They told me heroes were broad-chested,
brave. They told me heroes came
on dashing steeds, with magic swords,
to fight a final battle with a dazzling foe.
I’m finding now that heroes come
in different shapes and guises. My neighbour’s one –
handing out flowers, making smiles. I work
with many, keeping going, day after day.
A hero comes with mail, another stacks a shelf,
another steps into a house with smiles
and sunshine, and a plate of food,
a paper mask, a pair of gloves, and love.
Heroism’s something small
and every day. It’s special, but it’s nothing special.
Men brought up without women,
men brought up without families,
men told to button up, man up, step up,
shut up, shut down, calm down –
men taught to deny themselves –
told us that heroes did all that. They built up
heroes in their own stone image –
heroes in uniform, heroes who flung themselves
headlong into the battle –
manned up, stepped up, shut up –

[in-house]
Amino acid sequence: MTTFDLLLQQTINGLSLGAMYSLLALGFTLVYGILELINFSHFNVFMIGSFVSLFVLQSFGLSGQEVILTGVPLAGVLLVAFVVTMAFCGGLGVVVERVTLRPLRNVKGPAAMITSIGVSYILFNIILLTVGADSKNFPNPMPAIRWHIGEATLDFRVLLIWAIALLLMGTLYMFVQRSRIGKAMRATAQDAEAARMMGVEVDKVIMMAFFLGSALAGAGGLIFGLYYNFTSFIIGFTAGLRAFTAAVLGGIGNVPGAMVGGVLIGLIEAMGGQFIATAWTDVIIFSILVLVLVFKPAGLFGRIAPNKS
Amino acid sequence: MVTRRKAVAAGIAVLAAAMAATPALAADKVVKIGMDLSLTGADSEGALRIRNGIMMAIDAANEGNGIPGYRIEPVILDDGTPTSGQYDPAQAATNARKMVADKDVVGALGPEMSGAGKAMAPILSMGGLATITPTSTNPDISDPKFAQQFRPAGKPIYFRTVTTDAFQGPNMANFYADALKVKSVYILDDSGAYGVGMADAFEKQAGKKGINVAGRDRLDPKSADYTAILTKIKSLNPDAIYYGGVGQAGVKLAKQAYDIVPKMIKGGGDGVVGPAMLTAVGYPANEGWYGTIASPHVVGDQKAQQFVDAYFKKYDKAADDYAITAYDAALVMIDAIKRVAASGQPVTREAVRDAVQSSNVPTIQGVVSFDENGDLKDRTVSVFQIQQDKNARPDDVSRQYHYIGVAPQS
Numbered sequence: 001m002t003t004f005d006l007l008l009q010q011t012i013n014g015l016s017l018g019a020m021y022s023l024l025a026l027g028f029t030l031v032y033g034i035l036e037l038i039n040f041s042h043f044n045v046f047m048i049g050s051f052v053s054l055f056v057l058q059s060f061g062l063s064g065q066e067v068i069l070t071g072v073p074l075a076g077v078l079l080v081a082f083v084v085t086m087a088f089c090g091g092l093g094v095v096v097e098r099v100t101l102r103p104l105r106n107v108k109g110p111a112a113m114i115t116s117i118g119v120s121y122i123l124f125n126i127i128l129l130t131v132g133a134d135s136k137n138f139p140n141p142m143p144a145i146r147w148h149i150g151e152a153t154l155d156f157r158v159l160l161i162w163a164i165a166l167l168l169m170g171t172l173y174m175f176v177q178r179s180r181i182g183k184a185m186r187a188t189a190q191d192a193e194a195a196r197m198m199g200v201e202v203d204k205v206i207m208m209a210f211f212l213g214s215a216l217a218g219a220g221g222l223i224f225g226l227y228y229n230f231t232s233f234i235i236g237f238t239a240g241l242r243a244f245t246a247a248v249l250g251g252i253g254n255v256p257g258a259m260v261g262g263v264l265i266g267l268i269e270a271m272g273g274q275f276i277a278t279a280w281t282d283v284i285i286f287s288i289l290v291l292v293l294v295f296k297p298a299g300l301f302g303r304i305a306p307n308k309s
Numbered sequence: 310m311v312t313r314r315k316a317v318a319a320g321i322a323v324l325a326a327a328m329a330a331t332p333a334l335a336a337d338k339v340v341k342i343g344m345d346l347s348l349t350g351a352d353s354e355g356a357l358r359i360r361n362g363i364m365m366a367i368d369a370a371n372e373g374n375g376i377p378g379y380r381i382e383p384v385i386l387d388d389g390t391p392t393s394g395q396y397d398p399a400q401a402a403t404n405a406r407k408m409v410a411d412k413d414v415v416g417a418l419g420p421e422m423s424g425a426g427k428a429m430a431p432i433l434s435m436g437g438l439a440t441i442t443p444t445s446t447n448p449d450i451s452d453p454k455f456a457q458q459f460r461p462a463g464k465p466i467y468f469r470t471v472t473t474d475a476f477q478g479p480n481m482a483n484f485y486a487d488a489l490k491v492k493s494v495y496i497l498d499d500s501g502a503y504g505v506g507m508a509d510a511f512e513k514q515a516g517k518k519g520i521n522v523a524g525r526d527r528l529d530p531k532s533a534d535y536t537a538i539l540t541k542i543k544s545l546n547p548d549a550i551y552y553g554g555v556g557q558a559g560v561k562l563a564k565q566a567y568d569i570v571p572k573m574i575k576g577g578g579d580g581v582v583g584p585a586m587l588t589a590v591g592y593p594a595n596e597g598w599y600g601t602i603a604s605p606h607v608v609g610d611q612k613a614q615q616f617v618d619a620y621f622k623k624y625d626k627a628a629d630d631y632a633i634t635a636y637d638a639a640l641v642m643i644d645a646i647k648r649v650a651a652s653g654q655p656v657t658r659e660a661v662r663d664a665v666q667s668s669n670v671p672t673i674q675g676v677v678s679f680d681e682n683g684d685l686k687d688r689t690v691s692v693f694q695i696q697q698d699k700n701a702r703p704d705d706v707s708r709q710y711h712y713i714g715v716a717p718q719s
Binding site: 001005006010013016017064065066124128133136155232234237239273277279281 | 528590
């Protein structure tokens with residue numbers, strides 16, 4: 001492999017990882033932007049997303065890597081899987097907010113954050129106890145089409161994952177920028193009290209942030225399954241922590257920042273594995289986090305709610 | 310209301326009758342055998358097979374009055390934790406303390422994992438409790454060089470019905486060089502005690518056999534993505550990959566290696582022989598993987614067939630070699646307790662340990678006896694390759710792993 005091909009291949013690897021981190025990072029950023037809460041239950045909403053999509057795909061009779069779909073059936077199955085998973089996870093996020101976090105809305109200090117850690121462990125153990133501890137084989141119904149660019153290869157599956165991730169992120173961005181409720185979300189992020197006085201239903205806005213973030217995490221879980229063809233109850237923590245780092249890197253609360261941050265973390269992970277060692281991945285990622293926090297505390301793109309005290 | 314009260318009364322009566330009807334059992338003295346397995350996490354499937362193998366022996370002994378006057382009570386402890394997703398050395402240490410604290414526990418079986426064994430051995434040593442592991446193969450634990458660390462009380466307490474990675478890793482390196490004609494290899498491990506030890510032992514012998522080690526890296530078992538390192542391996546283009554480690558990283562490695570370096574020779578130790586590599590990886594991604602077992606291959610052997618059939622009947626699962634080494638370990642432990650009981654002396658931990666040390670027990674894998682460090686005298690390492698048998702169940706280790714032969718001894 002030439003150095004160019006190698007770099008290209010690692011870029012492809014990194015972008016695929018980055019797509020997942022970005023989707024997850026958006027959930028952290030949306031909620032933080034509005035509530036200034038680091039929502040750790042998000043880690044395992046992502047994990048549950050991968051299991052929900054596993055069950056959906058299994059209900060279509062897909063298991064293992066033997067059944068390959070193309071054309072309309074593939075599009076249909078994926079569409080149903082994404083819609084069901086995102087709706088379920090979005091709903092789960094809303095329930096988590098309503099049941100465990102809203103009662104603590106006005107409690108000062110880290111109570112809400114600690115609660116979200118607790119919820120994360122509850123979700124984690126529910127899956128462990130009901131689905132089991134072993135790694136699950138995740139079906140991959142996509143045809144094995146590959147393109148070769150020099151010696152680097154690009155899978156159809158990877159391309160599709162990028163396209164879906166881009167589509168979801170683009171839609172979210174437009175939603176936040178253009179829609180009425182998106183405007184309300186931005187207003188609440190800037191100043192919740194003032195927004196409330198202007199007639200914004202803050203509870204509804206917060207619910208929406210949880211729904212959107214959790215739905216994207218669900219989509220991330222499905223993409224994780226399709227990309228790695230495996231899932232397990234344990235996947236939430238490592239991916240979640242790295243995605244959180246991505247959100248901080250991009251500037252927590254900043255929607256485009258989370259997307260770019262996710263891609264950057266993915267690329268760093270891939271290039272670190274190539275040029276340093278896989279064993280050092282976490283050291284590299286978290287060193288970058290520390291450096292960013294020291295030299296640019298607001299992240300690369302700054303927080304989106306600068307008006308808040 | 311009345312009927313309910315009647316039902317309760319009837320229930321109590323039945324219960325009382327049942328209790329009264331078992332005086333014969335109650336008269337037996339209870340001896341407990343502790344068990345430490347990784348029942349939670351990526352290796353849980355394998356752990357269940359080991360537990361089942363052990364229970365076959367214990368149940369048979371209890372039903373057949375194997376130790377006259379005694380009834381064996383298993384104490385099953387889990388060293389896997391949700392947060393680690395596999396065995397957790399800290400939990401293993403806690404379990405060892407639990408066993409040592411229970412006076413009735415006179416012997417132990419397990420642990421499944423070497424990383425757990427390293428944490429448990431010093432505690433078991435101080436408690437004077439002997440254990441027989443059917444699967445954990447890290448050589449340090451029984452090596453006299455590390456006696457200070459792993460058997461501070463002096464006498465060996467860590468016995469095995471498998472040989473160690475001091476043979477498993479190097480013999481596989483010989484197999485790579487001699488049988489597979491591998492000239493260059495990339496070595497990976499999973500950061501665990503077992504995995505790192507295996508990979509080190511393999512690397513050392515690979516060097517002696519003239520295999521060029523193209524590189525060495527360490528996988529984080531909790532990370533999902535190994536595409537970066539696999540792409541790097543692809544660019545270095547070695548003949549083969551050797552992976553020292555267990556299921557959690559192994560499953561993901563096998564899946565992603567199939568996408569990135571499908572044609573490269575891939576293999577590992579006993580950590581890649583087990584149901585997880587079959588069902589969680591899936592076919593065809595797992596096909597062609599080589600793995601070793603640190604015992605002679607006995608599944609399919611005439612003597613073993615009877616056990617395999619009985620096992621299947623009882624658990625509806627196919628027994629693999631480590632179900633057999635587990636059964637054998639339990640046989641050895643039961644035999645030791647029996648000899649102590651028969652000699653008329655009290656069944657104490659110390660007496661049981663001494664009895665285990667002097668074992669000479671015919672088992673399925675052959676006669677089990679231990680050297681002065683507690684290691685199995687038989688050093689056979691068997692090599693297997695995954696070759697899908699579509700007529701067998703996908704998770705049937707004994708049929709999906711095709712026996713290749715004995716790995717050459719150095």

and we believed them.
We lived inside the battle story
for too long. We built walls,
buttressed our lives, shut up, shut down, shut out.
There are things that penetrate –
the smallest things. Viruses, glyphosates, fears.
We didn’t even notice them,
until we were surrounded.
We need new heroes. We are spotting them –
they are the ones with shining threads,
connecting them to others. They’re the ones
nurturing their children, teaching love
and laughter. All those old stories. Feeding us.
The ones finding new ways to love,
new ways to show their kindness. Spinning
new threads. We need connection now.
A poem about heroes for Brendan at Earthweal. If you haven’t been over there, check it out. It’s a space to think about our bruised and beautiful planet, to think about ways of changing things. Every week I think “I have nothing to say about this”, and then gradually something emerges that feels urgent and important. I’m not sure I say anything terribly new, but a chorus of voices saying the same thing makes a loud, compelling noise. We put our words out there, and they make unexpected journeys, journeys we will never know.